Document Excellence Day 2023 – Accessibility and Adaptability

Event write up by Terry Ponsford, regular attendee

When I saw the title for the day’s event, and the list of speakers, I wasn’t too sure what to expect. Attending in person proved to be a really good decision, but for those who couldn’t, virtual attendance was also an option.

If those in the room were feeling a bit on edge, the ice was broken by technical issues that had emerged since the test set up – laughter ensued and we were reminded of old times and being amongst friends. The relaxed atmosphere contributed to an absorbing afternoon, listening to each of the speakers and the messages they shared.

My reaction to the day was how little I knew about day-to-day issues and problems faced by many people with written text, in documents, webpages or social media, and how narrow my understanding was, and is. For me, anyone who is blind or has diagnosed sight issues needs support with the written word, but I hadn’t automatically included anyone with cataracts (mine are apparently slow growing) and why some documents or webpages take more effort to read or engage with.

All the speakers were engaging and shared different experiences – watching or listening to their videos is strongly recommended. For me, Callum Russell of CrystalEyes spoke with a commanding ease, remarking on the technical issues at the start of the meeting as well as
talking about the barriers that exist for anyone with sight or mobility issues.

My big takeaways from the day were:

  1. The 20:20:20 rule shared by Shalni Sood of the Royal Society for Blind Children. To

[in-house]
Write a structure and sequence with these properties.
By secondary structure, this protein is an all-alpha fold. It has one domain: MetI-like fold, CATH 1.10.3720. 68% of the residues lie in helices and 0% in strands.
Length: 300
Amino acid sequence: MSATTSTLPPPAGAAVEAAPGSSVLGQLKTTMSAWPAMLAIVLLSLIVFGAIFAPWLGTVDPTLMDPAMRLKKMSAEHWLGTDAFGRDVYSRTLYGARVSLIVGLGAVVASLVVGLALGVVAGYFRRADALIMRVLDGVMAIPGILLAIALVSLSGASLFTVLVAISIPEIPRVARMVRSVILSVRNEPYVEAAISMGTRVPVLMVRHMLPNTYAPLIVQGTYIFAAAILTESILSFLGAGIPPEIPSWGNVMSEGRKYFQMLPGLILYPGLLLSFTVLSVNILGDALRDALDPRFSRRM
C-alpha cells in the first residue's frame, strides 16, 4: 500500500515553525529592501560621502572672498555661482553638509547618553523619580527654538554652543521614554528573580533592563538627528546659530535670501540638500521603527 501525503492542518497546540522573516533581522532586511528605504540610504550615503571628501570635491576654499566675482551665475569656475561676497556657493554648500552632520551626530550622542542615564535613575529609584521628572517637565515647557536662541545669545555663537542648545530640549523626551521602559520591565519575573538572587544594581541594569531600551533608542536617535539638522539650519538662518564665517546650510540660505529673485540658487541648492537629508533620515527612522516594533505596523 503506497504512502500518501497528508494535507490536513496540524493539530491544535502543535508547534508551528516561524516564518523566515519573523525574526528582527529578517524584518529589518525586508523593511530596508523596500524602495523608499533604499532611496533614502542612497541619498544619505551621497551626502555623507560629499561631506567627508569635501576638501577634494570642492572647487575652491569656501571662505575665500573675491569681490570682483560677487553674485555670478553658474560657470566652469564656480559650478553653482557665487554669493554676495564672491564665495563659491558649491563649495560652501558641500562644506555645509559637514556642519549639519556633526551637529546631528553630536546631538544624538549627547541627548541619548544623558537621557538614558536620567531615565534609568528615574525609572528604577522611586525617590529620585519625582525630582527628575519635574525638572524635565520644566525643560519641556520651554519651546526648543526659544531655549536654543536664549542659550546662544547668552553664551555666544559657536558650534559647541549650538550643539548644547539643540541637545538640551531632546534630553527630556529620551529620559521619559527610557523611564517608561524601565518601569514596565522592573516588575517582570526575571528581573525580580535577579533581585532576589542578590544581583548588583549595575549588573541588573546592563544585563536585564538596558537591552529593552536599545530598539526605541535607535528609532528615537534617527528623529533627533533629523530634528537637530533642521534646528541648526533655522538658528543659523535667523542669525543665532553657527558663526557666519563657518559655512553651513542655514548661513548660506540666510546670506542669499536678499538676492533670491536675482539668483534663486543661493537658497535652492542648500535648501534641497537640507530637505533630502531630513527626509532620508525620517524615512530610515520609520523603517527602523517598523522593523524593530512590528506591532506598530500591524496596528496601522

reduce eye strain, for every 20 minutes looking at a screen, look away at something 20 feet
    away for 20 seconds.
  2. Also shared by Shalni was a technique for resting your eyes by blocking out light with
    the palms of your hands.
  3. The work of the Royal Society for Blind Children is to support children up to the age
    of 25 and their families, including parents and grandparents. Their website,, is, of course, an excellent example of accessibility requirement design in
  4. Thanks go to Frederik Dessau and Morten Hald Mortensen of Omnidocs for sharing
    their geeky love of documents and how accessibility is achieved using a PDF/UA document
  5. Katie Humphries of Accessibility Made Easy shared her Top 10 Tips (quick wins) for
    documents, emails and social media. No special software needed, just some commonsense
    and jargon-free text.
  6. The panel of Rachel Baiden, Gill Garrod (both of Squire Patton Boggs), and
    Chloe Parfitt and Sally Short (both of Burges Salmon) shared their highs and lows of
    introducing accessibility into their firms, including training materials.
  7. Callum Russell reminded us that accessibility is a legal requirement under the
    Equality Act 2010.

By the end of the day, my mind was spinning with everything I’d seen and heard and the realisation how much more work there is to do within electronic communications.

I drafted this write-up in Word, and tried to embrace the tips I’ve picked up, creating my own accessible blank template using the basic Microsoft Word styles. It was interesting to see that the Title style used Arial font but it changed to Calibri when the Subtitle style was selected. I used the Read Aloud function to review what I’d written. Just a little experiment, and more work definitely needs to be done, but I’ve started to appreciate the need for accessibility.

You can download my original draft written in Word here.

Terry Ponsford
Document Automation Specialist
TerryP Consultancy Limited

Terry Ponsford

Terry Ponsford

About Terry

Terry has over 30 years experience in Document Automation, and has helped many organisations successfully deliver document automation and template  projects.  She has a wealth of document automation expertise and is experienced in delivering solutions – template development, implementation planning, methodology development – to help organisations quickly create cost-effective applications.